“Why do you ask that? Is there something beyond these parts?” 

Hestia shrugged. “Not that I know of… oh, let’s dock here. We’ll go on foot from here. That sound good to you?” She asked. 

“Fine by me,” he answered. 

The duo got out of the boat. The man got out first, then extended his hand helping Hestia out.

“Thanks,” she answered, after stumbling out.

“No problem,” answered the man.

They walked through the busy streets for a while. People bumped into them constantly; children and adults alike. All of them looked very downcast, some ill, some tired. Just about all with eyebags underneath their eyelids, some dragging their feet across the ground slowly. In each and every person, there was at least one example of illness or distress on their bodies. The man could tell that this village had seen better days that it didn’t see any longer. 

They finally made their way to the front of a small shop made of bricks and plaster. When they entered, a small bell rang, the man looked up and touched the chimes above their head. It played a sweet sound as the chimes clanged against each other. 

“Welcome… why hello there Hestia. How are you doing today dear?” asked an old man from the front desk of the small, but empty store. 

“Hello Mr. Connors, I’m just here for the usual. Wally’s nightly medicine. We ran out just today it seems.” She answered with a smile.

“Oh yes, I should have some right here. For how long do you want it to last?” He asked her, opening a straw basket. He held a small ladle in his other hand.  

“I’d say a month’s amount would suffice,” she answered. 

“I understand,” the man said as he grabbed a small cloth and scooped some orange powder into it. After he puts it in a few scoops, he wraps up the cloth, tying it tightly. He looks up and gives it to Hestia. 

“Here you go,” the old man said.

“How much will it cost Mr. Connors?” asked Hestia, pulling out her wallet. 

“Ten bronze coins,” answered the old man.

Hestia reached into her wallet and pulled out the coins from her pockets. She then reached out and gently placed it into the old man’s palm. 

“Will that suffice?” she asked him.

“Yes, that’ll do just fine. You have a good day now dear. Take good care of  Wally for me,” the old man said, waving her goodbye. Then he turned towards her companion.

“What can I get you sir?” he asked him.

“Huh, me?” asked the man.

“Oh he’s with me,” said Hestia from the doorway. “Are you coming or not?” she asked, turning back to look towards the man.

“He’s with you? Who is your new friend then Hestia,” asked the old man, eyeing the new man from top to bottom. 

Hestia shrugged and said “In all honesty, I actually don’t know.”

She then left the building, with the man following close behind her. Leaving the old man to his confusion. 

The woman and the man walked through the crowd once more, the man followed Hestia through the rush of people, simply trusting her to take him where he had to go.

“I’m gonna guess we are going to a local inn,” he said, sidestepping a couple of playing children.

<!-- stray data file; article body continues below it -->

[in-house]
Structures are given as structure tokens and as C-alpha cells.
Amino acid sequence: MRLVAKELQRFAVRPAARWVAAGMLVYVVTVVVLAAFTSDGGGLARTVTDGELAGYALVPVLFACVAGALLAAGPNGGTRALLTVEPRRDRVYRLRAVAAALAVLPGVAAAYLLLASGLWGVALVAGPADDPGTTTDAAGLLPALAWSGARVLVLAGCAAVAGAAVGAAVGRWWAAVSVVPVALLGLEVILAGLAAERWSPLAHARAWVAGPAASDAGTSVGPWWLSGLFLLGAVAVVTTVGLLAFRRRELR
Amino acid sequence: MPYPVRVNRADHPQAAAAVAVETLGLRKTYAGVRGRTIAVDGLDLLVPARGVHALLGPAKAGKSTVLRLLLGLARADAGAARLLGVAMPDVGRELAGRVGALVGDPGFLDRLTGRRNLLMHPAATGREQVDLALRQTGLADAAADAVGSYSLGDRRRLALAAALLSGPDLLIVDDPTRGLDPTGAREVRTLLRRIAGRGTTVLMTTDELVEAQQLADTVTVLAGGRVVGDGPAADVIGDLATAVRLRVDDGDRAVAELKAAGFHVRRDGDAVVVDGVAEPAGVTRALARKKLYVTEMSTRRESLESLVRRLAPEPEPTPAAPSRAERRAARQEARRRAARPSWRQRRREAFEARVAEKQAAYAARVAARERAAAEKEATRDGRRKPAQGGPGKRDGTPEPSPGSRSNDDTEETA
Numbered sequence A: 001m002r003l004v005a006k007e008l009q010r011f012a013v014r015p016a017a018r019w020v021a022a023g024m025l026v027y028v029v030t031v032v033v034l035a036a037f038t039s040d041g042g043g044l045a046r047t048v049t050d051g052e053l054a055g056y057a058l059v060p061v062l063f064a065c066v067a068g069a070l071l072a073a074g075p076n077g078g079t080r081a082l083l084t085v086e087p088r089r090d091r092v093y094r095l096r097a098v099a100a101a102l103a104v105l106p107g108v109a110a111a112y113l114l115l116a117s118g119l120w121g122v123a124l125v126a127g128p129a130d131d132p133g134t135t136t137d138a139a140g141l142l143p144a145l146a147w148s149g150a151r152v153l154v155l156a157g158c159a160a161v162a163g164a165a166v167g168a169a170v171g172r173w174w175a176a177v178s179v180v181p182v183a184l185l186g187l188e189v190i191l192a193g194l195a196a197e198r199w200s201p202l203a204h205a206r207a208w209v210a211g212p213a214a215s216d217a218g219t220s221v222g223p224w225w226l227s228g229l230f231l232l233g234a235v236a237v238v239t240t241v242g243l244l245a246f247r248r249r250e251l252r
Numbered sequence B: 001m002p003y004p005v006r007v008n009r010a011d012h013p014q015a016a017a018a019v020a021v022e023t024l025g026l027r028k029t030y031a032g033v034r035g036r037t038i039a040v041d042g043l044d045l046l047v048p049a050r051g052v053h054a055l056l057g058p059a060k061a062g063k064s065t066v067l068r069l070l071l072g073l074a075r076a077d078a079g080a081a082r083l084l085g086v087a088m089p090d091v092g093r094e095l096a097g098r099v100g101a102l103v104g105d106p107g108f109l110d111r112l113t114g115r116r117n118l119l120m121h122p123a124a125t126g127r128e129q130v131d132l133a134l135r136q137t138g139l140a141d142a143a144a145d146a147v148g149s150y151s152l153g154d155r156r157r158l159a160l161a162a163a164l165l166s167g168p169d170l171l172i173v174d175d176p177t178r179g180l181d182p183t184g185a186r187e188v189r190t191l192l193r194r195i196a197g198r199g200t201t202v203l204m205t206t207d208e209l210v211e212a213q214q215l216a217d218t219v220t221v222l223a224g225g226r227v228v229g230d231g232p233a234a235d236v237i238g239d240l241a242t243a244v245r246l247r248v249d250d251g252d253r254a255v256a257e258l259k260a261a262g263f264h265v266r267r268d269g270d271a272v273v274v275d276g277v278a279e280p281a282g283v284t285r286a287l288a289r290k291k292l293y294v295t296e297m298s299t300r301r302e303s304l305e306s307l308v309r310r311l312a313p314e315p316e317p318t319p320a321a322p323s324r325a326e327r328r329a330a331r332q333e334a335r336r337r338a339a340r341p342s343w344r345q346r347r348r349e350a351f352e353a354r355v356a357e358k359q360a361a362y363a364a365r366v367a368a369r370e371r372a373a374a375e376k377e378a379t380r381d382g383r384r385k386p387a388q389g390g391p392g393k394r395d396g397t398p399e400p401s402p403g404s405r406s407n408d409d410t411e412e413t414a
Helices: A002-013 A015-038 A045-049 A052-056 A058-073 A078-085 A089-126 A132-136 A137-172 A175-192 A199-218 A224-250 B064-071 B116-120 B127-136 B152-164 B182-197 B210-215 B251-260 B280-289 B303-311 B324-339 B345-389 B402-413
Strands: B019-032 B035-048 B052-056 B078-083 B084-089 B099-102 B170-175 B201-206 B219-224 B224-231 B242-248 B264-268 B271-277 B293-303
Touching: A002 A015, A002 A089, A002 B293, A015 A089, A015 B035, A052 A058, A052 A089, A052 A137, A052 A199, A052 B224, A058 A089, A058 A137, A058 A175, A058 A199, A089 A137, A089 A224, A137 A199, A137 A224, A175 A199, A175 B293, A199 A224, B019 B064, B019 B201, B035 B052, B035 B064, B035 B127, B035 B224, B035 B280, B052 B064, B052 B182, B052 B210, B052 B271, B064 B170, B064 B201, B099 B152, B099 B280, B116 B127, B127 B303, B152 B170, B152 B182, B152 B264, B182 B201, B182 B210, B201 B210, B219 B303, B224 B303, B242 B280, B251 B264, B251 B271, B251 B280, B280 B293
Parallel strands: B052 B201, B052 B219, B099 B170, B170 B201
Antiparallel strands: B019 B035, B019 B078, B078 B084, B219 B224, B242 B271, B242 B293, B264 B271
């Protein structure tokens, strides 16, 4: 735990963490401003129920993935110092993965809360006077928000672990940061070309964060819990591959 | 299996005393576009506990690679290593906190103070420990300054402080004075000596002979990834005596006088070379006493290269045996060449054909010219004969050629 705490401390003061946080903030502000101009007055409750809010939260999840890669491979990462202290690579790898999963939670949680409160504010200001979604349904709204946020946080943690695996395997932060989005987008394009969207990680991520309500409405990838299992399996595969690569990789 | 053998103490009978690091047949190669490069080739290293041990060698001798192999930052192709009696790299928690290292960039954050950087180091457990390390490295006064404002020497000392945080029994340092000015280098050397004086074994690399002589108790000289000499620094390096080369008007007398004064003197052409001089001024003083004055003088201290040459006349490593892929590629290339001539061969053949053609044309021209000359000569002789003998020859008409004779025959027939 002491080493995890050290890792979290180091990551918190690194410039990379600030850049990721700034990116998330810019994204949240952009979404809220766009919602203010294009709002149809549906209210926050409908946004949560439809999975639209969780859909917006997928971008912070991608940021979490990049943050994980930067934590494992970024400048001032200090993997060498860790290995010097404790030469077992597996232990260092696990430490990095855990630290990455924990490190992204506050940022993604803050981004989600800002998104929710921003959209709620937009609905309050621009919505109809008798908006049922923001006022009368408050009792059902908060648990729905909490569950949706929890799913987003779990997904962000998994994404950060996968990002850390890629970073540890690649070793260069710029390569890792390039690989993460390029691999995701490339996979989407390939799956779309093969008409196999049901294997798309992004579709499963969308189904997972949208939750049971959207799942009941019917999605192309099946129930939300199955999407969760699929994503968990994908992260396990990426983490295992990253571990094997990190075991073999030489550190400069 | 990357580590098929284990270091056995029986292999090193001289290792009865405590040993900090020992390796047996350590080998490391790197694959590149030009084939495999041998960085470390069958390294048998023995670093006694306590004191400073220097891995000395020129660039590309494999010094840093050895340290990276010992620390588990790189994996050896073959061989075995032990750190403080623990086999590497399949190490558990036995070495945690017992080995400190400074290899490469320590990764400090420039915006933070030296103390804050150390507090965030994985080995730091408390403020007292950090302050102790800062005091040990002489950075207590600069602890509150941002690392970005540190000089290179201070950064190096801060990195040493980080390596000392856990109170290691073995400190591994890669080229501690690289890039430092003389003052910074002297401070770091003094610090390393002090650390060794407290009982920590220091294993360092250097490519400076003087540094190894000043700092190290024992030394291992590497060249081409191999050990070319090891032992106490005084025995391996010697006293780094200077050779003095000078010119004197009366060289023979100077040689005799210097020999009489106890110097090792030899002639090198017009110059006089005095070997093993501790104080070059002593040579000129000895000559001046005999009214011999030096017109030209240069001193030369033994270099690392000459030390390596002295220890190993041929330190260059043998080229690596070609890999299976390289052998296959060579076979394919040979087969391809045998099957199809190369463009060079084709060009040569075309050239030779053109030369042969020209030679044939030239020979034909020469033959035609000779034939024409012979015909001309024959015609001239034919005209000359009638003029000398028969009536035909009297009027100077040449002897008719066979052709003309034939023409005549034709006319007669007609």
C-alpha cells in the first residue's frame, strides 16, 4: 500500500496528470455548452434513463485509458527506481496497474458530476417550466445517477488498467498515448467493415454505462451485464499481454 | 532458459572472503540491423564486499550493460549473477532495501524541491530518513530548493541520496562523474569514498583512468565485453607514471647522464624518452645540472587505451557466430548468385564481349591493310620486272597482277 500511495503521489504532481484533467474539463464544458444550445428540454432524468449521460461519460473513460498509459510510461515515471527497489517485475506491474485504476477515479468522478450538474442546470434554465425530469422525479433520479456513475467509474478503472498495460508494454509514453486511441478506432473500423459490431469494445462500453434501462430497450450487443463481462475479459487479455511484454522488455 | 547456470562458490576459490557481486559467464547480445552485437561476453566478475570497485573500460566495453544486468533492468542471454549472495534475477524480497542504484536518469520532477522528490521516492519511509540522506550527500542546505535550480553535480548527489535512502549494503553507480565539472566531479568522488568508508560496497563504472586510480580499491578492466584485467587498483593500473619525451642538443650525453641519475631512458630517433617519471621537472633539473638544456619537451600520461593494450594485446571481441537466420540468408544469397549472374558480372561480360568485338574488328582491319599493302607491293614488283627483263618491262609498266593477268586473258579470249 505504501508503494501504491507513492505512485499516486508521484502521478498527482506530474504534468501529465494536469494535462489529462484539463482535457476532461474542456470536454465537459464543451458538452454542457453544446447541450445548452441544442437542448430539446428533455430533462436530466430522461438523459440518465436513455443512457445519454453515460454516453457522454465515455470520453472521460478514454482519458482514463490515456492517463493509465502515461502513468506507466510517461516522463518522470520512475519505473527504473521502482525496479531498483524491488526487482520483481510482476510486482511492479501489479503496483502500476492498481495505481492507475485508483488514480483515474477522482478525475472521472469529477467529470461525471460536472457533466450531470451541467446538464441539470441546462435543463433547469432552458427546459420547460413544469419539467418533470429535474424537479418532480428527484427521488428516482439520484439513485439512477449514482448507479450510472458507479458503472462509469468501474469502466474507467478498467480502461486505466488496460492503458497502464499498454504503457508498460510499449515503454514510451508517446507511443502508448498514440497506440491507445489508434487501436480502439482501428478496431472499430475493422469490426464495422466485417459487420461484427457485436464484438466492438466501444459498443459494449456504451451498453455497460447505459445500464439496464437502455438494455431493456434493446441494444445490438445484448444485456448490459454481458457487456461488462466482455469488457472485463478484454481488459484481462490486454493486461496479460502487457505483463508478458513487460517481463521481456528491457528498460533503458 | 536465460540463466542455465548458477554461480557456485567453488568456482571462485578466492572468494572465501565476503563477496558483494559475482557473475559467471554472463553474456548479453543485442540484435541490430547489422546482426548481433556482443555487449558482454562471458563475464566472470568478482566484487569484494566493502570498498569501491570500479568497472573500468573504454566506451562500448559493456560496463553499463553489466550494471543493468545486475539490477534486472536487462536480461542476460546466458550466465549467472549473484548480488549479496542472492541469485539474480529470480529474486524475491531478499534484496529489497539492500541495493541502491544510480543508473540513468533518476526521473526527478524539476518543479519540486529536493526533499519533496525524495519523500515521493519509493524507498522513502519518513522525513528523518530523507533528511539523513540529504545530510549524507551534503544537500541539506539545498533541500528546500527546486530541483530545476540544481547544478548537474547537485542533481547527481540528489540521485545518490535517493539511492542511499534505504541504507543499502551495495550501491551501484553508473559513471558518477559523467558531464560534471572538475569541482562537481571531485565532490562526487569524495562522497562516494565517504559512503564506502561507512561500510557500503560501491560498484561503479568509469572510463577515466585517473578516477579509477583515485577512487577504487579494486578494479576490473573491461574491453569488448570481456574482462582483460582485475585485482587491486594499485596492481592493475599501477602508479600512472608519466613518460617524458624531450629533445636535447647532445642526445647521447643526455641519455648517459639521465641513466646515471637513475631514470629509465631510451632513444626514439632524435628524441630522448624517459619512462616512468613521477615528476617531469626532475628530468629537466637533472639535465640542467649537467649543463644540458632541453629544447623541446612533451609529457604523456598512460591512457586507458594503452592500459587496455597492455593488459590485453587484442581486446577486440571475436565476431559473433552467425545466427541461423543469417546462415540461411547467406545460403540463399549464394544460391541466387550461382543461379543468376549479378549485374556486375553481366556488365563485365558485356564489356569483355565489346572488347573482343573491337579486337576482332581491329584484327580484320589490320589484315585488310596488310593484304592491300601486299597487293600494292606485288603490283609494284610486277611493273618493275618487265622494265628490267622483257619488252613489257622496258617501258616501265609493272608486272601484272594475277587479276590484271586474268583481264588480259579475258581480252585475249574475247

“Indeed, do you have any money to pay for the night?” She asked him. “How many nights do you even plan on staying here anyway?” She asked, turning back to look at him questioningly.

The man shrugged, “I’ll stay as long as I need to. As for the money part, I have none,” he said, shrugging his shoulders with a small smile.

The woman kept staring at him as she kept walking, then sighed as she put her face in her hand. 

“Well, the inn’s nearby; just follow me,” she stated. The man couldn’t help but feel a little sad, looking at the children and the people. There was little happiness in this village, only much struggle and hardship. He then once more turned to his companion, who had already sensed his curiosity peaking.

“Yes, what is it?” She asked him before he could open his mouth. The man wondered if she could read his mind.  

“What happened here? It’s so depressing here. The people have no life.” He asked her with a saddened expression.

“I don’t know really, one day it was lively as can be, and then our fortunes turned. It was like the morals of the people switched. Crime increased by a landslide, it was just so sudden.  You suddenly had so many thieves, murderers, con artists and more.” She said. “It began around a few years ago. As I often travel, I can confirm that other villages in this region are suffering the same fate, even the big cities where the people are normally richer and where the powerful people live. Even if they are suffering.” 

“I see,” answered the man. 

After a while they arrived at a small run down inn. Hestia shuffled inside with the man at her heel. She walked up to a counter with a couple of drunken men drinking, a few called out to her but she ignored them. She made her way up to the counter and called out to the man at the counter. 

“Yes?” he asked her in a gruff voice.

“One room,” she asked.

“For you and the man over there?” He asked her, looking at the man behind her.

“Oh no, just for him. One person.” She answered.

“Huh, alright.” He answered. 

Hestia passed the money over, turned around and patted the man’s shoulder. 

“I don’t know what you’ll do after tonight, but I trust you can take care of yourself.” She said, turning to face him, her body facing forward.

“You do not need to worry about me, I can take care.” He answered.

“So I guess this is goodbye then,” said Hestia.

“Oh I don’t think it’s goodbye just yet, I think it’s simply our first parting,” he answered with a smile. 

Hestia looked at him weirdly, and smiled.

“Perhaps it is,” then she turned and left.

<— The Reviver’s Passage Ch. II                         The Reviver’s Passage Ch. IV –>